Faelin’s story

Faelin’s journey to ‘healing’  

Faelin is a girl born in the spring of 2017. With her dark blonde curls and contagious smile, she is a ray of sunshine. Faelin loves to get creative, dance, sing, and make jokes. She is crazy about Blippi, juf Roos, mini disco, eating fries, baking cookies and playing with her sister. Her favorite plushy Ax (from Difrax) is always by her side.  

Unfortunately, these fun facts are overshadowed by the bad effects of a rare gene mutation. A mutation wich causes disturbances in her system. Because of these disturbances, Faelin suffers from a non-treatable, life-threatening form of epilepsy. There is a fair chance that she will die, as a consequence of a seizure or SUDEP (sudden unexpected death in epilepsy). One out of five children with this specific mutation will not live to reach adulthood. 

The seizures Faelin suffers from, last long and are difficult to stop. During a seizure, her saturation (oxygen in the blood) drops strongly. A saturaionlevel of 14% during a seizure is no exception. As parents, we have to act immediately by administering medication and calling 112 (emergency services). Faelin will be hospitalized. We cannot pass off this responsibility onto other caregivers. In addition to these visible seizures, Faelin also has less visible ones. Even doctors cannot notice them without a monitor. We have saved Faelins life at least 40 times; some of these times she was put in a medically induced coma.  

Viral infections, fever, overstimulation, enthusiasm, strong emotions, fatigue, structures of wavy water, and vaccinations all trigger seizures. Also, Faelin is heat sensitive, which means that cold, heat, and sudden changes in temperature can cause epileptic seizures. Because of alle these triggers, we have no other option than to minimize the chances of a seizure. We do this by living isolated, which we have done for over two years. A bit like everyone has been doing during this covid pandemic.  

Living in isolation is a difficult situation to be in as a family. We have to be on high alert 24/7 and be ready to act every single minute of every day. The medications Faelin takes are her last chance for a somewhat stable life. However, the doses she takes cause awful side effects, for instance struggles with speech: Faelin often gets frustrated because she wants to speak properly, but is not able to. The same thing goes for her gross motor skills. She is often down and lethargic. Sometimes she lies on the couch for entire days and can only be cheered up by our three cats and her favorite tv shows.  

It seems like a hopeless, gloomy situation, but fortunately, there is hope! We have come across some great minds in the United States: a team of scientists of Stoke Therapeutics who have developed a drug that can ‘heal’ the function of the defective gene! What? Yes, really! The function of the defective gene is replaced by overstimulation of the healthy genes, which causes the clinical picture to diminish, or even disappear.  

At this moment a trial has started in which children with the same mutation and clinical picture as Faelin are being treated. The children have to meet strict conditions. We have had contact with the study director of this project, and Faelin will be participating this trial in phase 3 (2024-2025).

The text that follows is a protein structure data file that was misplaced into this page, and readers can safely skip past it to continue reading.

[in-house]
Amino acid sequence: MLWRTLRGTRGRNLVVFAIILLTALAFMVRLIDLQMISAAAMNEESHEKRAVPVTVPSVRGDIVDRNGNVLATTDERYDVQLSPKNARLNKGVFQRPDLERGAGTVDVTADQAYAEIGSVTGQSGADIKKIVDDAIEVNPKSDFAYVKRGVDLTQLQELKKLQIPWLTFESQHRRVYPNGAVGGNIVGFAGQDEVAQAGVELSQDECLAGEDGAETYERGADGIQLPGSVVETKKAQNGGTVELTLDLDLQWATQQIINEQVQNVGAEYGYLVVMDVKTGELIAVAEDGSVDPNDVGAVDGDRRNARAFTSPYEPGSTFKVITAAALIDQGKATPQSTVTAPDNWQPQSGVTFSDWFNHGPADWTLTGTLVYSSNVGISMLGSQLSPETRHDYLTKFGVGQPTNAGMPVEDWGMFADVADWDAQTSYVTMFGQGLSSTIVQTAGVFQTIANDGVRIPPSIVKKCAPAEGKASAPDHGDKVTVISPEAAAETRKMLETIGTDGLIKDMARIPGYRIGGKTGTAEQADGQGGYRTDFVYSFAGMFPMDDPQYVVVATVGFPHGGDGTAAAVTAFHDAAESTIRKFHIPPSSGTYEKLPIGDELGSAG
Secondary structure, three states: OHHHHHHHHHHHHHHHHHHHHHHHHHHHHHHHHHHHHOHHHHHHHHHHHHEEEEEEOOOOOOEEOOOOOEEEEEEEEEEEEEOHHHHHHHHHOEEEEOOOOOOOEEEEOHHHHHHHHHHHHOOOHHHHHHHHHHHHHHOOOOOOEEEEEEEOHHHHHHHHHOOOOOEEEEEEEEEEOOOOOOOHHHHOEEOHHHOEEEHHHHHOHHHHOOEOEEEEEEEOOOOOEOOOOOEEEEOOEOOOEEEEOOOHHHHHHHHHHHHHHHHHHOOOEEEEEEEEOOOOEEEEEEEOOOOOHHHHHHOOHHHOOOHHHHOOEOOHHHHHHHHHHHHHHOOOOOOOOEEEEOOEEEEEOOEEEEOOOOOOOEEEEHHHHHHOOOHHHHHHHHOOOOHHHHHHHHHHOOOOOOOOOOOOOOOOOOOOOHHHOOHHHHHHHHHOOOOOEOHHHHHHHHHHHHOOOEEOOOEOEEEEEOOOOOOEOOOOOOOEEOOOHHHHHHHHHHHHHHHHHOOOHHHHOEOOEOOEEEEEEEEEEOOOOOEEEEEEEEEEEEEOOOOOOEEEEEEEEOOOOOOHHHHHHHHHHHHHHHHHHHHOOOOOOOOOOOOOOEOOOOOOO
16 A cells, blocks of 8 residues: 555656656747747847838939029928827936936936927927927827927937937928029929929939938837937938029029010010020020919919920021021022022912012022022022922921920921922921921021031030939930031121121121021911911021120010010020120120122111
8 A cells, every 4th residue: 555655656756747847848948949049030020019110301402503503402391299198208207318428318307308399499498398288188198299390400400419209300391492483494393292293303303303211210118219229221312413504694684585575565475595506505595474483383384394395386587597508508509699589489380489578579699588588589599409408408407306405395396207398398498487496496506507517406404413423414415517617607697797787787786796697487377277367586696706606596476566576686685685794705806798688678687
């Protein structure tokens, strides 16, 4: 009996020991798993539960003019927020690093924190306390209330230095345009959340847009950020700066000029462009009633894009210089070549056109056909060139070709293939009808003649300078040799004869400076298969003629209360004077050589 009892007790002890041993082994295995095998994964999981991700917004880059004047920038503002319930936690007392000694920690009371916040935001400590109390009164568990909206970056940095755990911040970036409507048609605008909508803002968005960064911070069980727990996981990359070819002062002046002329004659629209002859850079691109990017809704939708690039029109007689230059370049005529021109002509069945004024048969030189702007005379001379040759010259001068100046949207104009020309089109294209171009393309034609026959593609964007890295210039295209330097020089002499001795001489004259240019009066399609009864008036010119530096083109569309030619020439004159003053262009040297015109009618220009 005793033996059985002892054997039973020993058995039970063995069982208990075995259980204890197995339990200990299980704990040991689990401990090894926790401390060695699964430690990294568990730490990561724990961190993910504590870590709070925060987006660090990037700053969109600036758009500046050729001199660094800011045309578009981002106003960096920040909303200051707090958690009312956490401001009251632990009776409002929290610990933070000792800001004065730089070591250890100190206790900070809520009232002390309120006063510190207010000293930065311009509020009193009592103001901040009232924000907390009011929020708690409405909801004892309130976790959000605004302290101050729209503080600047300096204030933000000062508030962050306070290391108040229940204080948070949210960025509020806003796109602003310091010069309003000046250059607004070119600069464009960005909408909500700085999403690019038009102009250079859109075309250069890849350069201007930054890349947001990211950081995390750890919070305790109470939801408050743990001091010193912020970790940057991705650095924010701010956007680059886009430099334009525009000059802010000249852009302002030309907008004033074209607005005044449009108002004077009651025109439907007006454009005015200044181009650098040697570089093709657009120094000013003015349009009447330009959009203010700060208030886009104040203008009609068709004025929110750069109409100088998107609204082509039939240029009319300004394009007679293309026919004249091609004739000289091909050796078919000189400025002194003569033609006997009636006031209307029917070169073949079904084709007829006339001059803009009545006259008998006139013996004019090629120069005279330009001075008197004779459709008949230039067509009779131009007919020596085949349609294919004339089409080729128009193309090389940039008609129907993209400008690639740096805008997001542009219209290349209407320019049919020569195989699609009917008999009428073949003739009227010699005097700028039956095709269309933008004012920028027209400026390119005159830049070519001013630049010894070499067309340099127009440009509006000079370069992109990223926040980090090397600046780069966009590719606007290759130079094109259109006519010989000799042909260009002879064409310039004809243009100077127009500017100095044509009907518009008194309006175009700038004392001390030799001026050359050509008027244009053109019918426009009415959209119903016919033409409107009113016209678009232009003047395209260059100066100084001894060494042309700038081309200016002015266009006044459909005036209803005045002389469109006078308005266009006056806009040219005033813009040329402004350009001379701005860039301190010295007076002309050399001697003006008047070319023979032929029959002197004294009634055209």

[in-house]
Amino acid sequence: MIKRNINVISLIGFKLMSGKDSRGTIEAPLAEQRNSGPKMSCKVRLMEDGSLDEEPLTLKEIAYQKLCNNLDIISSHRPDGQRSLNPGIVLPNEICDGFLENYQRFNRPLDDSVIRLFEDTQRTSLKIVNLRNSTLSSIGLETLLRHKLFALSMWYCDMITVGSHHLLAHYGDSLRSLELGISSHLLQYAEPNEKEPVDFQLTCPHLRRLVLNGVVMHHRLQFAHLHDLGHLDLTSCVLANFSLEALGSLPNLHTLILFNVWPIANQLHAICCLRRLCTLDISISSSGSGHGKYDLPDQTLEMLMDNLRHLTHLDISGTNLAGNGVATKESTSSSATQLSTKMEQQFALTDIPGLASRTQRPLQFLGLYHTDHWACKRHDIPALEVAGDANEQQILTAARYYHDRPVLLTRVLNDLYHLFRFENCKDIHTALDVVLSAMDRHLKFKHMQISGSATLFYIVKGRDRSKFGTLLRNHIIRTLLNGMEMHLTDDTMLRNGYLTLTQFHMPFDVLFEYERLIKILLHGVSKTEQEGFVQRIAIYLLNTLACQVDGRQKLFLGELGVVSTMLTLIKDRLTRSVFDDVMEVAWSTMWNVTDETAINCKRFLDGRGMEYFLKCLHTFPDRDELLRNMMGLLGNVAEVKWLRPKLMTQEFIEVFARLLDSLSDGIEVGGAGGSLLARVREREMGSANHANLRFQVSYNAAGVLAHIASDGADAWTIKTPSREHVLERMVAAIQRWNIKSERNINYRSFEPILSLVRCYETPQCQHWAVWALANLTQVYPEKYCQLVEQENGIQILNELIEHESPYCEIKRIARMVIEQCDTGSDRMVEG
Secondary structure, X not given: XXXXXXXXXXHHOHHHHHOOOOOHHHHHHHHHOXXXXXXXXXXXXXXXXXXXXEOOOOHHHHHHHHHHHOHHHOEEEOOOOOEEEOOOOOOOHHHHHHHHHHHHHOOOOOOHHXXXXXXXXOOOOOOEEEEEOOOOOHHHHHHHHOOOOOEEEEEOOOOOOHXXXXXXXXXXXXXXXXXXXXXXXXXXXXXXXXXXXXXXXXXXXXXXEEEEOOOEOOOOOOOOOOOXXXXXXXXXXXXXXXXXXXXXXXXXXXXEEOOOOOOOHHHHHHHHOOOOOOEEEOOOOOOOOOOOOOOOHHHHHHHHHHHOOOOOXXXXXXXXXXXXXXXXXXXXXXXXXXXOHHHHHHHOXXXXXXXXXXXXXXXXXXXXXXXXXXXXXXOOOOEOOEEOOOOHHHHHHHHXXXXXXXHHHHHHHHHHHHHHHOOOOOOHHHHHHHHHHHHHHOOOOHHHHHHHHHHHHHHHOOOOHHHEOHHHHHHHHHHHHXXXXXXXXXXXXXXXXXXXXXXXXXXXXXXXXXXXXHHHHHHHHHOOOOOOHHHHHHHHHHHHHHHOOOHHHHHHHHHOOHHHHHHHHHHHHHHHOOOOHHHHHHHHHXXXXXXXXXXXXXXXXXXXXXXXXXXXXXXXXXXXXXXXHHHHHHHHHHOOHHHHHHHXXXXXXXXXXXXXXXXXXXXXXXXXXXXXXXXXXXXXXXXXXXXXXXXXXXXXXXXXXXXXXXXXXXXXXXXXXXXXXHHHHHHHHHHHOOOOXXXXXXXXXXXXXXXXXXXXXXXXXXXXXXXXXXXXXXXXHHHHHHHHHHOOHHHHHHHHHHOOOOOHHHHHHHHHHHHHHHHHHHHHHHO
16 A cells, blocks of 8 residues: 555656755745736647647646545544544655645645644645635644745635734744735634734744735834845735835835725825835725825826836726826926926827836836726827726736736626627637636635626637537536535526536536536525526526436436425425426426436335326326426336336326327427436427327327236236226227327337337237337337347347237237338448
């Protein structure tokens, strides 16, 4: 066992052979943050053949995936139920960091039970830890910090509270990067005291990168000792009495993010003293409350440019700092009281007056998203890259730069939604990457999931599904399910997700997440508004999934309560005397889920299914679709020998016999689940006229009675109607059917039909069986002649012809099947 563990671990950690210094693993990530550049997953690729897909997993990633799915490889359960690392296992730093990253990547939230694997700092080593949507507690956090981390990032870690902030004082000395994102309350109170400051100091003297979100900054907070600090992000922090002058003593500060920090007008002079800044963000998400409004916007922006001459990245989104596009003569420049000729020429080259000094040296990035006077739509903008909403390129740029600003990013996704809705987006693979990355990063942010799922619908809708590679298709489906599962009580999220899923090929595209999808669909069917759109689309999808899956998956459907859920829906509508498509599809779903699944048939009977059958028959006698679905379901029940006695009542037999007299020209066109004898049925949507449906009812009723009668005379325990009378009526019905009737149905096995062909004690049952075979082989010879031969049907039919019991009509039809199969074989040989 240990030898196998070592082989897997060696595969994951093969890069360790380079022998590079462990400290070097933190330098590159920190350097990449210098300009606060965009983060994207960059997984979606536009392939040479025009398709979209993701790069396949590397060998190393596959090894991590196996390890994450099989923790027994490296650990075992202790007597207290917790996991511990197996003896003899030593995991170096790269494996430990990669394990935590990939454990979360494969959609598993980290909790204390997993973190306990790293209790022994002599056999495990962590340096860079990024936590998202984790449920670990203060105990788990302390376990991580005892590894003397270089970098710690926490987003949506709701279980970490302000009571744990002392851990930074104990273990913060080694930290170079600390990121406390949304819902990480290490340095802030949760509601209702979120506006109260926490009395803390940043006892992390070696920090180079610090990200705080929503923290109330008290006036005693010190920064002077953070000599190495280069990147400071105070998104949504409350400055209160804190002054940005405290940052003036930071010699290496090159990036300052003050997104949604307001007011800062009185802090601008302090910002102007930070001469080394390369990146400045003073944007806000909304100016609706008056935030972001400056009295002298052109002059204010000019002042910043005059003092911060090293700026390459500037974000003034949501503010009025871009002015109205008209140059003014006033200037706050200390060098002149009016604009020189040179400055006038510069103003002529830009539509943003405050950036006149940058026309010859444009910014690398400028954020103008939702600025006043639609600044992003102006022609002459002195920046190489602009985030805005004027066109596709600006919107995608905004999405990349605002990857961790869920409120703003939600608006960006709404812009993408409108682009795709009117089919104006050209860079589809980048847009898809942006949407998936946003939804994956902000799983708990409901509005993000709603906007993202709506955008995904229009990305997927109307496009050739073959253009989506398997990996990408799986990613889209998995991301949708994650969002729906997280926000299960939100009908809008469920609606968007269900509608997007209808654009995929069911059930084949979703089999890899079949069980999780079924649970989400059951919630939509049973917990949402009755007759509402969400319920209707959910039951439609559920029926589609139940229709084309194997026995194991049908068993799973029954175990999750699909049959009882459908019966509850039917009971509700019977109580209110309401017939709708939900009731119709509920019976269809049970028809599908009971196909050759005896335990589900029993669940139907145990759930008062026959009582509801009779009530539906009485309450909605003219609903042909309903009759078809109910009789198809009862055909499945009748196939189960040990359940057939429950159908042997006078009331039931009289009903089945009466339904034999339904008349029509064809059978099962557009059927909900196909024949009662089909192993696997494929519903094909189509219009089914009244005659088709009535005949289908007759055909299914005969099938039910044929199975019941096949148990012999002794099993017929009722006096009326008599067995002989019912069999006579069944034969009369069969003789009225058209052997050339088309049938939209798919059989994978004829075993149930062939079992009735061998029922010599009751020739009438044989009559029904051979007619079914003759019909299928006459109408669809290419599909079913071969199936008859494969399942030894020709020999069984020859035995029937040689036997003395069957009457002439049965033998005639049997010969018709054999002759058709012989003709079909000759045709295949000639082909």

Faelin can participate!  

We received a list of American hospitals that can give this treatment. UCSF, a big, specialized hospital in San Francisco, California, appealed to us the most. The best doctor known works in this hospital; he has a lot of knowledge about Faelin’s condition. Four more years of living in isolation, waiting our turn, is not an option. Therefor, we will travel to California this year to meet this doctor. “I would be more than happy to see your daughter,” he told us, after Faelin was admitted as a new patient at UCSF. The doctor will set up a treatment plan, in collaboration with several American specialists, in which Faelin’s livability with her condition will be the main focus point.  

However, we have to pay for the entire treatment ourselves. All of it. Even if Faelin has a seizure and needs to be hospitalized urgently. In the United States, costs of these kinds of specialized care can quickly add up to $100.000,-! Absurd amounts, right? But it will be worth the risk. Because this way, we can make sure that in 2024-2025 Faelin will be strong enough to undergo the gene treatment. As mentioned before, the treatment will replace the function of the defective gene by overstimulation of the healthy genes. This will improve the clinical picture, or even get rid of it: no more epilepsy!  

To be able to pay for both trips and possible emergency hospitalizations, we have started a crowdfunding campaign. Our goal is to collect a total of €500.000,-.   

It will take over 15 years before the treatment will be possible in the Netherlands. And for this condition goes: the more seizures, the higher the chance of irreparable damage and disabilities. The sooner Faelin is treated, the better!  

We fight every day to offer Faelin a livable future, in which she can chase her own dreams. Simple things, like a trip to the grocery store or an amusement park. Birthday visits, swimming, playing with friends, sleepovers at grandma’s. Going out with friends or living on her own when she is an adult. It all seems so obvious, but for Faelin it is not.  

All the things she can’t do now, can be possible after the treatment! 

A small contribution is of immeasurable value! Please help us improve Faelin’s life! 

Five hundred thousand thanks!!